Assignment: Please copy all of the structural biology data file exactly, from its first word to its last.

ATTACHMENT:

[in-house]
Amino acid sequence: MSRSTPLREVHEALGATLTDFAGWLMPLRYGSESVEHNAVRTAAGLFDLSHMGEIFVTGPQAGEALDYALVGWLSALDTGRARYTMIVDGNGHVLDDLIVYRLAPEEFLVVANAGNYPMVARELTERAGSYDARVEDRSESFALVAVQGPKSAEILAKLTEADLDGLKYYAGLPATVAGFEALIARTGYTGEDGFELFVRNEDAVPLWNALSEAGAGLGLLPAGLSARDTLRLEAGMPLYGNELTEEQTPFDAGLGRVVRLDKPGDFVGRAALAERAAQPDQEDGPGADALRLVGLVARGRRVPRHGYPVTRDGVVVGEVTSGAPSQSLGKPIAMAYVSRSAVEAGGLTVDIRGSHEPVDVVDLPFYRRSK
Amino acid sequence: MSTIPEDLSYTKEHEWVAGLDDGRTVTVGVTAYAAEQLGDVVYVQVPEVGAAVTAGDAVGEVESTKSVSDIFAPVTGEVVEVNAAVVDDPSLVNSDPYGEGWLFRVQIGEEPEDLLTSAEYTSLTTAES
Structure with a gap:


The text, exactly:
[in-house]
Amino acid sequence: MSRSTPLREVHEALGATLTDFAGWLMPLRYGSESVEHNAVRTAAGLFDLSHMGEIFVTGPQAGEALDYALVGWLSALDTGRARYTMIVDGNGHVLDDLIVYRLAPEEFLVVANAGNYPMVARELTERAGSYDARVEDRSESFALVAVQGPKSAEILAKLTEADLDGLKYYAGLPATVAGFEALIARTGYTGEDGFELFVRNEDAVPLWNALSEAGAGLGLLPAGLSARDTLRLEAGMPLYGNELTEEQTPFDAGLGRVVRLDKPGDFVGRAALAERAAQPDQEDGPGADALRLVGLVARGRRVPRHGYPVTRDGVVVGEVTSGAPSQSLGKPIAMAYVSRSAVEAGGLTVDIRGSHEPVDVVDLPFYRRSK
Amino acid sequence: MSTIPEDLSYTKEHEWVAGLDDGRTVTVGVTAYAAEQLGDVVYVQVPEVGAAVTAGDAVGEVESTKSVSDIFAPVTGEVVEVNAAVVDDPSLVNSDPYGEGWLFRVQIGEEPEDLLTSAEYTSLTTAES
Structure with a gap: